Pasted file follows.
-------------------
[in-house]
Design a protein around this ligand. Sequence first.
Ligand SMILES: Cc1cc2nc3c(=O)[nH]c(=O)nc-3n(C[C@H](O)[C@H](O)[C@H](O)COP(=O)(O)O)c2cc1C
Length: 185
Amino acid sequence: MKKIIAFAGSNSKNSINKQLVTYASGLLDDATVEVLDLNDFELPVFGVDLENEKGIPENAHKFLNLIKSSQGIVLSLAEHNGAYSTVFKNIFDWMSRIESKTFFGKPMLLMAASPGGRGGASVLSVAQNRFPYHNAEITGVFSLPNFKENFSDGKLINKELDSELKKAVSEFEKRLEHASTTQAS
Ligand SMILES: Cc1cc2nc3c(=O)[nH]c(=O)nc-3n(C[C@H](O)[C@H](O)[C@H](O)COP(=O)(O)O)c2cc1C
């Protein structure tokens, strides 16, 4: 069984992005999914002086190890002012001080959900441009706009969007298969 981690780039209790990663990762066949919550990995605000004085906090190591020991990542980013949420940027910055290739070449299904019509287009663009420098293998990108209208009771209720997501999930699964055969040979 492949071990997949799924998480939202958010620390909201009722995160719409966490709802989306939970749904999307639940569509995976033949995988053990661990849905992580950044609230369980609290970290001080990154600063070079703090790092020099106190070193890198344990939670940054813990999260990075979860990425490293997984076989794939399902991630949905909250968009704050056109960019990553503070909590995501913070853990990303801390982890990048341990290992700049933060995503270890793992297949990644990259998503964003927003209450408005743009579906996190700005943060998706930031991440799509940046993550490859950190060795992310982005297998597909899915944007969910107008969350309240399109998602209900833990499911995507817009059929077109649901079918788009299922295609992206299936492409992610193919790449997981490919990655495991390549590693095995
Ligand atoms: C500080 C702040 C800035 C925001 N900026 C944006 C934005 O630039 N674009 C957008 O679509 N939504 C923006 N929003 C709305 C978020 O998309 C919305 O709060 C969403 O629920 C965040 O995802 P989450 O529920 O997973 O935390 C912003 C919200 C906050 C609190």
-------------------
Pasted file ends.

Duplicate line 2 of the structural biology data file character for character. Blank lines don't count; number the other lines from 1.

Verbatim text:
Design a protein around this ligand. Sequence first.